Research may be seductive, but it can take too long!
With my very first draft of Forced Mate, I got carried away by the fact that there is (or was, in 1993) still a type of plane just big enough to carry a stretch limousine across the Atlantic, but small enough to take off from an abandoned World War II airbase near Cambridge, and fly below radar all the way to Las Vegas, Nevada.
An amateur pilot mapped out the route for me.
Eventually, I came to see that there was no logical reason why a space alien would abduct his heroine from Cambridge in the UK and take her (kicking and screaming) to Nevada. No! He'd take her to his mothership with the least possible delay.
Another researcher told me that the most plausible place for a spaceship (a smallish shuttle) to land in the UK would be on Salisbury Ridge, close to Salisbury Plain (and Stonehenge). I've lost touch with that researcher, unfortunately.
So, now I'm on my own, trying to find Salisbury Ridge. I'm using Google Earth. There's a place called Ridge at Chilmark. Another possible place to hide and lose a spacecraft appears to be in the Nile Clumps... I hate to make things up, if I don't have to do so!
I took a spin on Google Earth. My first destination was Ridge, Chilmark, which does look possible, but is a bit far from Stonehenge. I can zoom and bank to view the terrain with a hawk's eye view or with the perspective of a galloping sauropod... one with poor eyesight.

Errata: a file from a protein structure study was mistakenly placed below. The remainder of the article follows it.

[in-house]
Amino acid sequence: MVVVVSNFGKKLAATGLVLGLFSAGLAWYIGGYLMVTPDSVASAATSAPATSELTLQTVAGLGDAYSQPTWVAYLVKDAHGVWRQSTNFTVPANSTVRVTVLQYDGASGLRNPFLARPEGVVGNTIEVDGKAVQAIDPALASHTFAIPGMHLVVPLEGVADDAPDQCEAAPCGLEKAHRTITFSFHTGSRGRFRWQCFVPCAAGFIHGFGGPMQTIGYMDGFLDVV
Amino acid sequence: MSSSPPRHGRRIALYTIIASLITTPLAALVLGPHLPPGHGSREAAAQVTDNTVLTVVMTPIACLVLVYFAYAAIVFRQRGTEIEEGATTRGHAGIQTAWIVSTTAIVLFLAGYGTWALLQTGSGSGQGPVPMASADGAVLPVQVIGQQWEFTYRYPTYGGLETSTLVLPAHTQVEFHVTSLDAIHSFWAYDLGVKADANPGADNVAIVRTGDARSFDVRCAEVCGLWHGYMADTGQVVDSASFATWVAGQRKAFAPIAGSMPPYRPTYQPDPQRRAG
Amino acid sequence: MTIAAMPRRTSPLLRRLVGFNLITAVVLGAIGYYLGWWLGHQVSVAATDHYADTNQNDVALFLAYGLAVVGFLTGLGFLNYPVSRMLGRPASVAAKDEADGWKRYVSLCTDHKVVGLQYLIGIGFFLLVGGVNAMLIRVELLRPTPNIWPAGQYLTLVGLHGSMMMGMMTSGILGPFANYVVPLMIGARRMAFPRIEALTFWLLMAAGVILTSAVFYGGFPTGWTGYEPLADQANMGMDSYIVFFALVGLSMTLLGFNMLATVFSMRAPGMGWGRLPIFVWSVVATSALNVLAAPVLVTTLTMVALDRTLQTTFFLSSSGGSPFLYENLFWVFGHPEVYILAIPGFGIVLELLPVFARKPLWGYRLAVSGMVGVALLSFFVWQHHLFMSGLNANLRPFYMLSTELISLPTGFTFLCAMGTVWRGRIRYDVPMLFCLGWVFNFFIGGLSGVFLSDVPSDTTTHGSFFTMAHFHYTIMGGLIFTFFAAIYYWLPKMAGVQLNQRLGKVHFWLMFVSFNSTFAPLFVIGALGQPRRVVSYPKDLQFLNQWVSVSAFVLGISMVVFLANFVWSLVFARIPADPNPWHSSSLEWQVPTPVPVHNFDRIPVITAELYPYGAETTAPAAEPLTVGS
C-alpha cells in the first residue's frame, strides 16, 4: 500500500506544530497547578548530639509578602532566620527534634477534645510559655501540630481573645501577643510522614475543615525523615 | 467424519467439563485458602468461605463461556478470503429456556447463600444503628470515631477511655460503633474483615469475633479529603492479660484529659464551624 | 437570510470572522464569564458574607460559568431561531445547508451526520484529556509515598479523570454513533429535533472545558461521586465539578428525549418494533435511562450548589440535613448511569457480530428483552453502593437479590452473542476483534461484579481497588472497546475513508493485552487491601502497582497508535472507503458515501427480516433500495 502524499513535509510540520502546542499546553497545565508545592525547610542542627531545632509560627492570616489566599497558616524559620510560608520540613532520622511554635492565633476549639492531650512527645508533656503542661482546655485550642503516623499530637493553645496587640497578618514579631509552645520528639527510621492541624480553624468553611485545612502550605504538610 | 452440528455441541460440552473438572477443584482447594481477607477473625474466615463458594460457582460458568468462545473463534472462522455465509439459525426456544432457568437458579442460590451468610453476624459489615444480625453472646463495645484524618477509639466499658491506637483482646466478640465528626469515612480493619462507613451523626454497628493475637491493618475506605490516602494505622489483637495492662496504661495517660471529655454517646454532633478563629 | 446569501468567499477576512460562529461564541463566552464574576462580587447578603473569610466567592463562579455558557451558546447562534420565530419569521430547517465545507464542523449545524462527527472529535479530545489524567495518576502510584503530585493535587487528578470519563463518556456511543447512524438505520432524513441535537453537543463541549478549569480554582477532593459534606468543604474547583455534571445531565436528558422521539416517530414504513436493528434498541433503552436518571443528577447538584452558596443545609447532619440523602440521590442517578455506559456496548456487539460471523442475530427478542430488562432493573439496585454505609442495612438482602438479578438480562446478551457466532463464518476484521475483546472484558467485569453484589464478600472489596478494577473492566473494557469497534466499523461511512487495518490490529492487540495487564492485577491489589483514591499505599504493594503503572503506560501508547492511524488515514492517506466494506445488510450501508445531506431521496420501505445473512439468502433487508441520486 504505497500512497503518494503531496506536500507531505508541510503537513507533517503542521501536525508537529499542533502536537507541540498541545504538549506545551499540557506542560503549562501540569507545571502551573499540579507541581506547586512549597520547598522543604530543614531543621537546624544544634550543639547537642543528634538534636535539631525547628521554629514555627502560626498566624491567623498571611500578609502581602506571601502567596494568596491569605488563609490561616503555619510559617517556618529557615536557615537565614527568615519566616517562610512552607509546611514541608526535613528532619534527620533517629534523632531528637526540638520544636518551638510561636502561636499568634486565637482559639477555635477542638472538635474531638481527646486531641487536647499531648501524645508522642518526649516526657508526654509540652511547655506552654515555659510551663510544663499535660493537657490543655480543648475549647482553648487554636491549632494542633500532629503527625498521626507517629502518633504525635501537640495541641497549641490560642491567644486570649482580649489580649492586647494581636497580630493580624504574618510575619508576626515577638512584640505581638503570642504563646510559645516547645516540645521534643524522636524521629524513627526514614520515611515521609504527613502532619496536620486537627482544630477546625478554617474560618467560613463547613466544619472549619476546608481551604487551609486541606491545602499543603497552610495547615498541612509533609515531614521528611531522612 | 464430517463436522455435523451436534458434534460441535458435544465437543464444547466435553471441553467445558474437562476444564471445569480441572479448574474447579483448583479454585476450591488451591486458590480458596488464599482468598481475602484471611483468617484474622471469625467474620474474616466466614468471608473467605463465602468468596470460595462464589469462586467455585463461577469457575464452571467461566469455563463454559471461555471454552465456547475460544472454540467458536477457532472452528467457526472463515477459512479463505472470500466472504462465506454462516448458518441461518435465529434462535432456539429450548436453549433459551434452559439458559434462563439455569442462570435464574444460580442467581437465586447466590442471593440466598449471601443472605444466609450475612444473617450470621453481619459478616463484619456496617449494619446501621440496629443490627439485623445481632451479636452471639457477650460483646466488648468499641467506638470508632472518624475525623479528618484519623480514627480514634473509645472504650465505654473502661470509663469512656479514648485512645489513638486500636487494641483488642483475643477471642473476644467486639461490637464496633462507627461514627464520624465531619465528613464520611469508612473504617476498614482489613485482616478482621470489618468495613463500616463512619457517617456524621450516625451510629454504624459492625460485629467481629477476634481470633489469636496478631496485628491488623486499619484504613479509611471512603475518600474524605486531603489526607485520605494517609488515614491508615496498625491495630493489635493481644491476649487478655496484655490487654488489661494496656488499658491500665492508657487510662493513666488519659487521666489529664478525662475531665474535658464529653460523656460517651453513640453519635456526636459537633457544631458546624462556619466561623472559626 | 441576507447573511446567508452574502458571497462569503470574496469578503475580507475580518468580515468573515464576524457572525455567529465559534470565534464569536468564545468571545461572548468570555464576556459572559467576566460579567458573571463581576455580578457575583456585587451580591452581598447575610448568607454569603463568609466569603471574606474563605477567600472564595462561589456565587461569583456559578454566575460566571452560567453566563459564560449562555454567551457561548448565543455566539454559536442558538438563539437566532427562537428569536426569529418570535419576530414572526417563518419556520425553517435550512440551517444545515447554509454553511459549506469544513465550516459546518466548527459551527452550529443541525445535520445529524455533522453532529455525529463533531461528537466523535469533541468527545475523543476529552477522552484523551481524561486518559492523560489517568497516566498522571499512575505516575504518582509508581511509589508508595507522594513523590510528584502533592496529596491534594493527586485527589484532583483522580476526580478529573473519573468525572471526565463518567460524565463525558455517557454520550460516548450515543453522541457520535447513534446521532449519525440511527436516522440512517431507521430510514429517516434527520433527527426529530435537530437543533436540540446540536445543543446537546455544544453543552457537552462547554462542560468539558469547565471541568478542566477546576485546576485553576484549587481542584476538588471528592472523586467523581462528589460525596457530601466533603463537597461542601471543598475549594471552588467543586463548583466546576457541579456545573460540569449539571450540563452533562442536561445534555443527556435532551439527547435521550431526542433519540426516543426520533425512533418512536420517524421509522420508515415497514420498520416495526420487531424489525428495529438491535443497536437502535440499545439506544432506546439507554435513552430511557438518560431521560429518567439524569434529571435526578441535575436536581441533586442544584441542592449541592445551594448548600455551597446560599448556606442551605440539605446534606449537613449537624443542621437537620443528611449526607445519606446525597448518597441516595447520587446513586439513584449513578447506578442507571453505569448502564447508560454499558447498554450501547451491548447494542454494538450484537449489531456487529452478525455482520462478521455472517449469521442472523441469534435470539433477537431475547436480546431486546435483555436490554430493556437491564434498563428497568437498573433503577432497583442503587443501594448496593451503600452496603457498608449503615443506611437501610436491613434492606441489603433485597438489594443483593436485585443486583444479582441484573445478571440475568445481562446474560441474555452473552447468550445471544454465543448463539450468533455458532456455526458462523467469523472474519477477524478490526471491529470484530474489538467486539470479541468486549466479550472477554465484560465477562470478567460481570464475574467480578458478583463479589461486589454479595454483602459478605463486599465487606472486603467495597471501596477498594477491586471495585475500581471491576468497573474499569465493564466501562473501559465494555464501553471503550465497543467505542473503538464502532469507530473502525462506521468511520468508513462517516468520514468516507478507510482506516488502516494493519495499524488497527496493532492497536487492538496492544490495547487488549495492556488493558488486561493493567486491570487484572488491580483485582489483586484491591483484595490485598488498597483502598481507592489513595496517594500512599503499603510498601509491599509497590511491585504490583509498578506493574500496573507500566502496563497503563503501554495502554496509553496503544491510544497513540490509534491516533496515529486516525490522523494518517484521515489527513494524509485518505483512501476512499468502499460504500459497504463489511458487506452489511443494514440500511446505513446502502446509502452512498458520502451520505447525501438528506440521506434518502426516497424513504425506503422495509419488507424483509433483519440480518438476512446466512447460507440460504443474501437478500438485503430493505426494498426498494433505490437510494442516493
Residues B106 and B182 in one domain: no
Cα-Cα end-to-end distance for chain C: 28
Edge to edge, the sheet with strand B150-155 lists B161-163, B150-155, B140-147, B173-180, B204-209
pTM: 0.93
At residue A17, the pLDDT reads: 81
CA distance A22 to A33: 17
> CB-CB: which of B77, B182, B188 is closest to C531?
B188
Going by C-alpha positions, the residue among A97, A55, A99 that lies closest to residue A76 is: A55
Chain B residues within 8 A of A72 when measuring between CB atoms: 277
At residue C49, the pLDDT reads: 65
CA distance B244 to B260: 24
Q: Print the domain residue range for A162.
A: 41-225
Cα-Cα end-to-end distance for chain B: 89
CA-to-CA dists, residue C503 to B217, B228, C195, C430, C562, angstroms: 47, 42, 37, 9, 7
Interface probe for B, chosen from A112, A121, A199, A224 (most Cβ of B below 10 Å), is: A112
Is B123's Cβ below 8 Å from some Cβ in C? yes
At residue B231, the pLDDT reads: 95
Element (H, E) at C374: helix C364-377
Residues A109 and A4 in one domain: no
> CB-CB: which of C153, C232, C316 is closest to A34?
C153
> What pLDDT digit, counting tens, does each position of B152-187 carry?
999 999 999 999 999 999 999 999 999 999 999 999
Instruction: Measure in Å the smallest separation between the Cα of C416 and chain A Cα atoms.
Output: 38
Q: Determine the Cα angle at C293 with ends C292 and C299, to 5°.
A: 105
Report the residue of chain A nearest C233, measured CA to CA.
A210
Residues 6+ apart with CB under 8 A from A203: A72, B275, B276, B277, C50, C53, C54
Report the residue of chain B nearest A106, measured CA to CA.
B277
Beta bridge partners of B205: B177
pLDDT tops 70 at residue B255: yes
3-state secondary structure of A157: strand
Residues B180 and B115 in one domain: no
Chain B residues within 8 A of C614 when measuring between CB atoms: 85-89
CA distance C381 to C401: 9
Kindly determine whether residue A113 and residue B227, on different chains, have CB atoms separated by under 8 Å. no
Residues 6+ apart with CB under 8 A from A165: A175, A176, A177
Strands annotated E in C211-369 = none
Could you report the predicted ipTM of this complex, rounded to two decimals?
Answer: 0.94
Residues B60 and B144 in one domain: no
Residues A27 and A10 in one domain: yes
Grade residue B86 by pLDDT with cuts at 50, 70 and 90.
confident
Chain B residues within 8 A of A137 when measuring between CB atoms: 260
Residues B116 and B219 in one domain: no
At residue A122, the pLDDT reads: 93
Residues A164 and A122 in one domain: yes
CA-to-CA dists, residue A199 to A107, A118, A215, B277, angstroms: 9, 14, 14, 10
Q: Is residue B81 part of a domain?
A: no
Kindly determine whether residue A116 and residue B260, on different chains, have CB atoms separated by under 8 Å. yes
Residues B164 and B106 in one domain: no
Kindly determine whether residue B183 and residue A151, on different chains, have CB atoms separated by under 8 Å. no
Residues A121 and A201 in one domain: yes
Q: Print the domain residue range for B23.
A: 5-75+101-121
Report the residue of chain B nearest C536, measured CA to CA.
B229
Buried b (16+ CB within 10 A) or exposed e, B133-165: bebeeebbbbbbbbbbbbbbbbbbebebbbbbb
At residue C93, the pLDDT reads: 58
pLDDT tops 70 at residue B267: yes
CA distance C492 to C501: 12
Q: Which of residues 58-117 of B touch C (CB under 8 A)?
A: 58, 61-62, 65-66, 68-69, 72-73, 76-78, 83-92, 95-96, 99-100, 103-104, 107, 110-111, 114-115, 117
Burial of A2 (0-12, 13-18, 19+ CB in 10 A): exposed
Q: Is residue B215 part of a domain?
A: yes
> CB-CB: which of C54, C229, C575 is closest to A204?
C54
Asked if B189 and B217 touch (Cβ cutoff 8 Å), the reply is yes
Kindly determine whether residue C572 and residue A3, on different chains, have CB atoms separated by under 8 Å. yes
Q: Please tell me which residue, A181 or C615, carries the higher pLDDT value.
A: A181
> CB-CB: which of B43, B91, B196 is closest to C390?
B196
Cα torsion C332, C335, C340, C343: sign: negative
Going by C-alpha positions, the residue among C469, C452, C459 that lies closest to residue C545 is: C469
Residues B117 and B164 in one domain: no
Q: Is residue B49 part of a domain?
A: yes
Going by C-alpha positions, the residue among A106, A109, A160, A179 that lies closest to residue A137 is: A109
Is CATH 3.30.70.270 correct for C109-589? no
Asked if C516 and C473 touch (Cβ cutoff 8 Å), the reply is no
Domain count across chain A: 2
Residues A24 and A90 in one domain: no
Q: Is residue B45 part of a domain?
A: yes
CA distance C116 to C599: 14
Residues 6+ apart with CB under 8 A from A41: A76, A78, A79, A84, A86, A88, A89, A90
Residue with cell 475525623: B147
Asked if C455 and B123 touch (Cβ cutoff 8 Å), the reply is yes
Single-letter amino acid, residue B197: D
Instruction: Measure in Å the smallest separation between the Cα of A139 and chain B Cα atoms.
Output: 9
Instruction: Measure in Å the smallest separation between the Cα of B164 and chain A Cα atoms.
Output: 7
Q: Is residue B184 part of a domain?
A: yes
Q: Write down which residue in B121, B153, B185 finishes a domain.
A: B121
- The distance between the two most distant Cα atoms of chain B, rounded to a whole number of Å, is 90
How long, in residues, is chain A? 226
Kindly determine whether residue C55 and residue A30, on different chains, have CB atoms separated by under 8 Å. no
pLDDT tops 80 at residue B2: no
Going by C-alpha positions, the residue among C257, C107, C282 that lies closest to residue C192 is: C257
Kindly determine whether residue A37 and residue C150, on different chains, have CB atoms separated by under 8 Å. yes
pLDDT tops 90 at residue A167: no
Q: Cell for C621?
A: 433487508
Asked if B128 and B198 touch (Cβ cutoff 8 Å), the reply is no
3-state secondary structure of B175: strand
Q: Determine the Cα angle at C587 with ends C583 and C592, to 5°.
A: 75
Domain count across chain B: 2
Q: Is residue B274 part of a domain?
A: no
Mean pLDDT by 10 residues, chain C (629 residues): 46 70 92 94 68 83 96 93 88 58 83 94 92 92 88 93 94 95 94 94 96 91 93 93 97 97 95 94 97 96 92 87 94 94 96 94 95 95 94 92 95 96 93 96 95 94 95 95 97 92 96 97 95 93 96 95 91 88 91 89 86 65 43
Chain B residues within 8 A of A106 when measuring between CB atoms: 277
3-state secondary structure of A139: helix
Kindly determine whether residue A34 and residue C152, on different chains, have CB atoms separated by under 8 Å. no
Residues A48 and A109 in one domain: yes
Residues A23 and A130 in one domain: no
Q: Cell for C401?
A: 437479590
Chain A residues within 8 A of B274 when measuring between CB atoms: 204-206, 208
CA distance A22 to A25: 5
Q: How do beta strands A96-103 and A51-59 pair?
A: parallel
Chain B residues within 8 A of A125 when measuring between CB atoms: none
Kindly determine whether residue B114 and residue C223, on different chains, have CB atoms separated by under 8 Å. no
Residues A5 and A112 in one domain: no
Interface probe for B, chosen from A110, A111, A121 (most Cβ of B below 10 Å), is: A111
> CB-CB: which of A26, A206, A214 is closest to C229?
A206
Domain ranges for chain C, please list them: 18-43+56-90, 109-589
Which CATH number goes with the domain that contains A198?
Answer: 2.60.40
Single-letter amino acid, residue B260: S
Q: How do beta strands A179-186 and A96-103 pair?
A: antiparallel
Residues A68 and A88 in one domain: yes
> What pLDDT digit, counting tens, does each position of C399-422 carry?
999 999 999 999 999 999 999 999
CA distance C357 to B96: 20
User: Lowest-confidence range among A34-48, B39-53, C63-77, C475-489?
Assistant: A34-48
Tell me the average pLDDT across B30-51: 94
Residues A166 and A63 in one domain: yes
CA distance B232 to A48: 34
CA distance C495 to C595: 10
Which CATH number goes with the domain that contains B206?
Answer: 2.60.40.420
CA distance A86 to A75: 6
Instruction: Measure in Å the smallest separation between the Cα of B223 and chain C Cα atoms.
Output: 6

Seriously, I can see hills, trees, fields, crop circles, overgrown gun emplacements, drone launch pads (circular). If I wish to, I can see churches, pharmacies, ATMs, Holiday Inns, roads, fire hydrants... and more. I can also view photographs taken by tourists.
Sadly, some of the really cool things, such as "pimples" (of the anti-tank kind) that were posted on the Google Earth 3 version, are not on Google Earth 5, but GE5 has more whizz bang stuff and links to Wikipedia.
While virtually scouring the surroundings, looking for places to hide a star-fighter, and enjoying images of stormclouds over Stonehenge --and very useful photos of forks in minor British roads--, I found a fitting backstory for my latest hero. Now to check it out.
There's a Google Earth Community with forums and chats and groups, not to mention a Search function that is everything you'd expect from Google. It's possible to meet a potential source in whatever part of the world interests you. This is too cool! Moreover, it is free.
Google Earth doesn't stop there. You can look at Mars. It's a separate download. I haven't done that. I doubt I'd find men there, anyway. You can look at the stars, which is a great way to finally get a handle on astronomy and the placement and shapes of the constellations. Finally, there's the Moon and it has flags and icons denoting info dumps, and all sorts of good and useful stuff on its surface.
Space Snark TM